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Took a long trip to northern california. Used a PLX obd ii reader to keep an eye on everything. Went to the gas station just prior to coming back and after i filled up the car and started it up, it shut down. No lights were given or anything. got it started back up and used the reader to check the codes... no codes. however, some readiness monitors were suddenly showing as incomplete (please reference pictures. what do they mean? how do i fix the problem? how do i clear them? Any help is much appreciated.

-Dustin
 

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You may have flooded the charcoal canister which is part of the evaporative emission control system when you refueled the car. You may also get a strong gasoline vapor smell as well. Just drive the car and as fuel is consumed, this condition should clear up. When refueling, set the fuel delivery nozzle on it's slowest setting and when it clicks off, don't try and top off. I also found that it is a good idea to let the tank run down at least half way before refueling. If no codes were set, you shouldn't have any worries. If you do get a code, read it and then delete it. If it resets, you have a hard fault and need to look into the cause.
 

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The monitors for the various on-board systems only run under very specific enabling conditions. Since a failure to properly secure the gas cap can cause a evaporative system failure that monitor may reset after a refueling event. Typically that monitor will only run when the fuel level is between 15% and 85% so it will not run until some of the fuel load burns off.

The secondary air system only runs on starts in a very specific temperature range so the same thing applies. There is nothing you can or should do other than drive normally.
 

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I have 3 smart cars at my shop right now that needs to complete it's smog in california. The readiness indicators are reset either when the battery dies or a check engine light is reset. Each one of those test will complete after it follows a per set, pre programmed drive cycle.

It's not based on mileage but based on the quality of the drive.

Evap, secondary air usually completes with between 1/4 - 3/4 tank of gas, engine warmed up, and engine is decelerated without stepping on the brakes from approx 60 mph down to 30 mph.

I have yet to find the exact drive cycle for the smart car but this is based on experiences with other cars and the smart cars.

You will also need to complete a few cold start up where the intake air temp and coolant temp are within a few degrees of each other. You'll hear the air pump kick in for the secondary air readiness test. I would advice to not move the car for 2-3 cycles of this, it takes about 30 seconds for it to complete... at the same time your HO2S, the heated oxygen sensor will also be running it's test after you take off.

The last one that takes the longest to complete is the catalyst converter, however it's also the one required in california to complete even though you may have one of the other ones incomplete to run the smog test. California enacted a new smog test that went into effect mid 2014 which doesnt require the cars to run on a dyno and the sniffer tube stuck up it's exhaust, it's all based on more indepth reading into the OBD II port.. it compares calibration data with factory and checks your exhaust thru ur factory o2 sensor.. etc.. etc etc...

I still have yet to get the catalyst to set on 3 smart cars so far, but again it's not really distance but based on the quality of the drive and it has to hit a specific amount of drive cycles for it to complete. The generic cycle is something along the line of... 35-45 mph at 3-5 mins and gentle acceleration up to 55-60 mph for 3-7 mins depending on how old it was outside when you started the car... And if you live too far away from the freeway and the catalyst converter gets too hot, your readiness may never set =P... anyways.. enough info for one post..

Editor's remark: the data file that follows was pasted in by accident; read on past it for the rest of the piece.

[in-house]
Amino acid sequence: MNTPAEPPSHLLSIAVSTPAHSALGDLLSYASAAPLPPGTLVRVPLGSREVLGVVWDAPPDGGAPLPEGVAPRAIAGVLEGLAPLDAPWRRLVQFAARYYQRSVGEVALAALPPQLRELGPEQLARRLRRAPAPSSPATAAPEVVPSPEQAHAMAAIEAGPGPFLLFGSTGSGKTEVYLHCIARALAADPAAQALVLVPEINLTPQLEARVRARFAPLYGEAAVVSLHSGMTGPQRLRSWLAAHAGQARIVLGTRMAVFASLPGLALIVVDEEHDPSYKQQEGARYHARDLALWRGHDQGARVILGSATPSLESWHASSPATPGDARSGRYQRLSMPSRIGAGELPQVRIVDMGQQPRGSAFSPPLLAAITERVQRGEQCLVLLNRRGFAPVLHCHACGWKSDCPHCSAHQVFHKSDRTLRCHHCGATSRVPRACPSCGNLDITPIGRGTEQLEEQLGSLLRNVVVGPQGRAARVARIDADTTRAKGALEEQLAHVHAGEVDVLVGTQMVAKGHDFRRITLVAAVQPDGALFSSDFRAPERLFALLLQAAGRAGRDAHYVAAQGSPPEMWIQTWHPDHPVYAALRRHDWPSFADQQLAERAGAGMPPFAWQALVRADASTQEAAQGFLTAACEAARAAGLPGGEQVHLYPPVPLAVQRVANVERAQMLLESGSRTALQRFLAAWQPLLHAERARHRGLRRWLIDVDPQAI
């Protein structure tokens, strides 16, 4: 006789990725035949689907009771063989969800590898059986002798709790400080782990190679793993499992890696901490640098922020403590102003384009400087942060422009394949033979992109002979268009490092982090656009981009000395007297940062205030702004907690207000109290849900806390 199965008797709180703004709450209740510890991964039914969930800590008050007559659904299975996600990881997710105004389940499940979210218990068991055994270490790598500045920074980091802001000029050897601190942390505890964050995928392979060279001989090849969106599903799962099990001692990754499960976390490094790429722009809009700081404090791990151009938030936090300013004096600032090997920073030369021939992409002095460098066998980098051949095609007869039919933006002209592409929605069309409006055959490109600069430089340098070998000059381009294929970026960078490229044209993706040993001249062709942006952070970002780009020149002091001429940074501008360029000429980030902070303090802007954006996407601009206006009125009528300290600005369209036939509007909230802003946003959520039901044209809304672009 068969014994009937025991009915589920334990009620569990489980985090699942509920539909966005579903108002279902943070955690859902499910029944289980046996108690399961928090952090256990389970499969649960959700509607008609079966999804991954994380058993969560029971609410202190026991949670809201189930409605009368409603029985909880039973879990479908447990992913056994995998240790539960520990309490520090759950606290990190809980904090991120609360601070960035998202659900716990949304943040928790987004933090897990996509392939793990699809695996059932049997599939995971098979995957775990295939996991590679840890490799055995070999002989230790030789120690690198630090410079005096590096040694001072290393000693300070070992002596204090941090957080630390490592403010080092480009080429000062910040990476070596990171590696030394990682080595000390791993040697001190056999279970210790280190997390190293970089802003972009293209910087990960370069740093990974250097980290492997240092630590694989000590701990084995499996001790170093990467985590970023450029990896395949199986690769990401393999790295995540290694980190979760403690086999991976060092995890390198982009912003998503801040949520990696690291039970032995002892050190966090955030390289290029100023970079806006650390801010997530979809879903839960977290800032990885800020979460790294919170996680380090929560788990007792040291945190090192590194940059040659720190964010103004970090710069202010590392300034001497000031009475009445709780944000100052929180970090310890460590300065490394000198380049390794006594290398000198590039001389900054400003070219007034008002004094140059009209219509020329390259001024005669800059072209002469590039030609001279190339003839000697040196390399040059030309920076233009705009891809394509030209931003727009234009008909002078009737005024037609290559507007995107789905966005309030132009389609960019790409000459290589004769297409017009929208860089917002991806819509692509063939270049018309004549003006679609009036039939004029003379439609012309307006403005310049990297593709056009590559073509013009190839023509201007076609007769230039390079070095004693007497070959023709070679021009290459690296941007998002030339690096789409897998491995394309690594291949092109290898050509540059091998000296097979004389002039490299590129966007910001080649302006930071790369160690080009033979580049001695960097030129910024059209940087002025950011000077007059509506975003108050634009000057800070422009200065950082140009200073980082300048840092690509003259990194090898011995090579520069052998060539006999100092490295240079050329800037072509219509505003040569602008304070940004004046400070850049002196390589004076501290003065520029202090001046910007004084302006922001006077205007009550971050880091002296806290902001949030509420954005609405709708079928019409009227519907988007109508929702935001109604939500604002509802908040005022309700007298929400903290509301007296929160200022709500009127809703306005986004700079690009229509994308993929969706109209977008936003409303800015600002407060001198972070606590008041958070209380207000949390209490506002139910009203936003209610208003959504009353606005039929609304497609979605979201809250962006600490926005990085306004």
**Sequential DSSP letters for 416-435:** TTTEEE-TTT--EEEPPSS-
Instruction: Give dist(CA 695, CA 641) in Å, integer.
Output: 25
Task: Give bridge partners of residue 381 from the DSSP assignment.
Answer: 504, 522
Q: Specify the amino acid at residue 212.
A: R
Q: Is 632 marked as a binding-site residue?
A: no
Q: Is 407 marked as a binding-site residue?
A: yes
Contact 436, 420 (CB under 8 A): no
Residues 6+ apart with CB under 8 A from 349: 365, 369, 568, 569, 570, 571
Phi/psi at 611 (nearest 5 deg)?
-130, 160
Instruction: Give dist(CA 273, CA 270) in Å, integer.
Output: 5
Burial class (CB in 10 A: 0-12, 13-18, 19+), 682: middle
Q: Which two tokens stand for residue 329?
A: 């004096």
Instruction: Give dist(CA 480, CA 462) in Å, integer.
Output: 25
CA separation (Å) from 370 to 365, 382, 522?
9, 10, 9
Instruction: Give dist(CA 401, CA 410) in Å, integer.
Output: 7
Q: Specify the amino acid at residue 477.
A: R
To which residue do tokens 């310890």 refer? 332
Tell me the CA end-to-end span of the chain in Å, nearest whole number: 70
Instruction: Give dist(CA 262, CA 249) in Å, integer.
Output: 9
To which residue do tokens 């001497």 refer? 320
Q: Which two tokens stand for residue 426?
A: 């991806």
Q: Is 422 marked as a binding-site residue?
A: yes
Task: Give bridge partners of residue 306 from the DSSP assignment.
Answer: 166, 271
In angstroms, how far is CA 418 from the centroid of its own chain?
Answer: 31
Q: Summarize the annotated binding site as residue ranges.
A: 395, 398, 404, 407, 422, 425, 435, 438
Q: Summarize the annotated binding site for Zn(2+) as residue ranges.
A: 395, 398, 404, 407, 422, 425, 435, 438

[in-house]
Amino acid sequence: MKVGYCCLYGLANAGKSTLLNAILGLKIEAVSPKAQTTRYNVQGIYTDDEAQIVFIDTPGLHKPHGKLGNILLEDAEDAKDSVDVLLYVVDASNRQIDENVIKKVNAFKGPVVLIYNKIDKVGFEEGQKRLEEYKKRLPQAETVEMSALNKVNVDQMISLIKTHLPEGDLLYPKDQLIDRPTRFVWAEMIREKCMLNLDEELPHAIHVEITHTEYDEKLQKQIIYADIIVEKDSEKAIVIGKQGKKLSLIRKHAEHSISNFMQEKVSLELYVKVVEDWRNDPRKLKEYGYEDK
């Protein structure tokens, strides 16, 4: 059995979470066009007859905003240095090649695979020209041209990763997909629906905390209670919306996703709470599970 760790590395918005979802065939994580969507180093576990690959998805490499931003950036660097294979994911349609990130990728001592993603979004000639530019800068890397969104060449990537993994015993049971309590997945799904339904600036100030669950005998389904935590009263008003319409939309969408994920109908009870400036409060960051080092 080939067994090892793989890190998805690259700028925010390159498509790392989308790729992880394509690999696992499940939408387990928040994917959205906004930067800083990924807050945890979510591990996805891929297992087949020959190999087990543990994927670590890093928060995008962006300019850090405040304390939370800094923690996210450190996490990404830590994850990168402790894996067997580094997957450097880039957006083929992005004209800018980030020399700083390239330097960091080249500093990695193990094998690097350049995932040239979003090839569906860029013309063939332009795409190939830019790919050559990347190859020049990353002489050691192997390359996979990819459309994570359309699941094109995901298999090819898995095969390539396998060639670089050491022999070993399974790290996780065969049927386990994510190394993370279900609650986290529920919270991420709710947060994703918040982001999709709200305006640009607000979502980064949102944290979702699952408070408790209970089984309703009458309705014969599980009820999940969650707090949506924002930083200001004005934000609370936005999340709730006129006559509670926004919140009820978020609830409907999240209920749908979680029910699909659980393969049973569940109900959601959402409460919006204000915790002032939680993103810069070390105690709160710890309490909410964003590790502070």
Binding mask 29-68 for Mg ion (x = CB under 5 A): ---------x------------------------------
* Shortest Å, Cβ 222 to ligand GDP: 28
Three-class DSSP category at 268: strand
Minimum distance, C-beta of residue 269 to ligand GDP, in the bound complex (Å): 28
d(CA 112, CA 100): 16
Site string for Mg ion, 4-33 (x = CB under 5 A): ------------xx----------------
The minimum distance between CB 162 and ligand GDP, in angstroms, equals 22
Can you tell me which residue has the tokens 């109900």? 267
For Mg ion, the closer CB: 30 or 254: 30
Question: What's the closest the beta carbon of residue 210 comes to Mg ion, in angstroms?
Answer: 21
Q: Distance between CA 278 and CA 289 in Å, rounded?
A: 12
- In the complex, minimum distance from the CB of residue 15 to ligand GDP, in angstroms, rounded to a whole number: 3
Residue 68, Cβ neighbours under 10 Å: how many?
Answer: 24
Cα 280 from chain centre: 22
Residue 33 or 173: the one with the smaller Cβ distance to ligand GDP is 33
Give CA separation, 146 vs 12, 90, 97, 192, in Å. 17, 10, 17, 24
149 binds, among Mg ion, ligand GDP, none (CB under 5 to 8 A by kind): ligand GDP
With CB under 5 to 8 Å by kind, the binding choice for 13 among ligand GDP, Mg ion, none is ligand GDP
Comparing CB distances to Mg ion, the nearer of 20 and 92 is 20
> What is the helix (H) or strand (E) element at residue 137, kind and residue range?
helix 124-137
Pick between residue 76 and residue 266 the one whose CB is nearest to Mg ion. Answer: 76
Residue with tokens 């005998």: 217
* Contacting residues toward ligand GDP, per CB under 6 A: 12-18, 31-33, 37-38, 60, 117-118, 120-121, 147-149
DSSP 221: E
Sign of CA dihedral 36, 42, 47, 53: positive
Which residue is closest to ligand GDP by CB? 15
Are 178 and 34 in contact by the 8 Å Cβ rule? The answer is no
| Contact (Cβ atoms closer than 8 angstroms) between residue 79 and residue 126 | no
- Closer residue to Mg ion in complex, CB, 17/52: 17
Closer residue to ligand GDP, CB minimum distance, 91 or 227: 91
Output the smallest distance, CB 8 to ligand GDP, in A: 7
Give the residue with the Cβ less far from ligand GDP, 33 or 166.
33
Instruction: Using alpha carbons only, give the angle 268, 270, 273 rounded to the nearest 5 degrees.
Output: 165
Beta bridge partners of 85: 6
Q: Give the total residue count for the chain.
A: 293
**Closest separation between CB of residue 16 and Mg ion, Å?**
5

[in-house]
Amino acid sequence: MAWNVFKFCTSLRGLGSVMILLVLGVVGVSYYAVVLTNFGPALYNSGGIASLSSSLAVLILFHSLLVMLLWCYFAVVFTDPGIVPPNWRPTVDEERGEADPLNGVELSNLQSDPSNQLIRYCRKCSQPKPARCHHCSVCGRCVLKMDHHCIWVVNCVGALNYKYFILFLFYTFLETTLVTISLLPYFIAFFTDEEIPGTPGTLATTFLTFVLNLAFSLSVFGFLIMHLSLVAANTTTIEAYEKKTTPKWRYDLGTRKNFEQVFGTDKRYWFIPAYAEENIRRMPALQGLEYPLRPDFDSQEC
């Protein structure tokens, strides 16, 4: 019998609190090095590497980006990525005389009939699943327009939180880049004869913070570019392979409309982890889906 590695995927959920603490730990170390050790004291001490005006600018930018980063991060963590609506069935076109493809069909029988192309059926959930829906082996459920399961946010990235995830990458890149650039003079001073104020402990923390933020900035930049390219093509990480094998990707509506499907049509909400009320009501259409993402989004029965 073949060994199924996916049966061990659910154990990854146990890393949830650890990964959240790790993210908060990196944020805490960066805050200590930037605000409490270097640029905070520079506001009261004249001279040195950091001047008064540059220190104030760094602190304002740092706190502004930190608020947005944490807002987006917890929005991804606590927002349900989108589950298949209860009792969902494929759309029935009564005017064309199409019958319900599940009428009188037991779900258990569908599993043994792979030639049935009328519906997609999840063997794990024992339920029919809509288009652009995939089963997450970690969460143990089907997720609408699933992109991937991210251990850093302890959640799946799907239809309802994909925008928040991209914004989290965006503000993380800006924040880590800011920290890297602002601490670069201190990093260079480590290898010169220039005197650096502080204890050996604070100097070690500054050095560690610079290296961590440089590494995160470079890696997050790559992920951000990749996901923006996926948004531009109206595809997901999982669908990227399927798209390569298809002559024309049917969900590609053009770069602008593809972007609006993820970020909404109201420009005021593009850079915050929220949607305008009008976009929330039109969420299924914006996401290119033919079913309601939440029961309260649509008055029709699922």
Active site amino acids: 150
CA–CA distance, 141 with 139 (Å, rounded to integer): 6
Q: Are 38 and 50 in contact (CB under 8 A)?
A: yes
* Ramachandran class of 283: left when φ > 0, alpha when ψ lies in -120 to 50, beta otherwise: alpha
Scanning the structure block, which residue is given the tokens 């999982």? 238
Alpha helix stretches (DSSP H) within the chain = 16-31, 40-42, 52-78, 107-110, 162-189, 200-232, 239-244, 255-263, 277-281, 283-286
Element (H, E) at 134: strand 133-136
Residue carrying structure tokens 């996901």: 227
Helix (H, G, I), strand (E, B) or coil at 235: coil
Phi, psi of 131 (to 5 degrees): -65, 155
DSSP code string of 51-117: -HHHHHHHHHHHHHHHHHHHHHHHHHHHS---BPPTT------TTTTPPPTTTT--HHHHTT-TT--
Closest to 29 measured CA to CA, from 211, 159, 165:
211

Larry
 

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Actually I just saw the pictures you posted on the first post...

Those two are quite easy to complete.. the evap and secondary air.. as I mentioned above.. secondary air is tested upon start up. Evap is with the tank 1/4-3/4 full and is tested during a highway speed deceleration where the engine is generating vacuum and the Evap system can test for leaks.

Again, we really only care about the readiness monitors when it comes to smog checks. :)

If your car shuts down again.. I would get the car checked, it's not uncommon for the fuel pump assembly to start to fail... if it does, check the fuse first. =P...

Larry
 

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I have 3 smart cars at my shop right now that needs to complete it's smog in california. The readiness indicators are reset either when the battery dies or a check engine light is reset. Each one of those test will complete after it follows a per set, pre programmed drive cycle.

It's not based on mileage but based on the quality of the drive.

Evap, secondary air usually completes with between 1/4 - 3/4 tank of gas, engine warmed up, and engine is decelerated without stepping on the brakes from approx 60 mph down to 30 mph.

I have yet to find the exact drive cycle for the smart car but this is based on experiences with other cars and the smart cars.

You will also need to complete a few cold start up where the intake air temp and coolant temp are within a few degrees of each other. You'll hear the air pump kick in for the secondary air readiness test. I would advice to not move the car for 2-3 cycles of this, it takes about 30 seconds for it to complete... at the same time your HO2S, the heated oxygen sensor will also be running it's test after you take off.

The last one that takes the longest to complete is the catalyst converter, however it's also the one required in california to complete even though you may have one of the other ones incomplete to run the smog test. California enacted a new smog test that went into effect mid 2014 which doesnt require the cars to run on a dyno and the sniffer tube stuck up it's exhaust, it's all based on more indepth reading into the OBD II port.. it compares calibration data with factory and checks your exhaust thru ur factory o2 sensor.. etc.. etc etc...

I still have yet to get the catalyst to set on 3 smart cars so far, but again it's not really distance but based on the quality of the drive and it has to hit a specific amount of drive cycles for it to complete. The generic cycle is something along the line of... 35-45 mph at 3-5 mins and gentle acceleration up to 55-60 mph for 3-7 mins depending on how old it was outside when you started the car... And if you live too far away from the freeway and the catalyst converter gets too hot, your readiness may never set =P... anyways.. enough info for one post..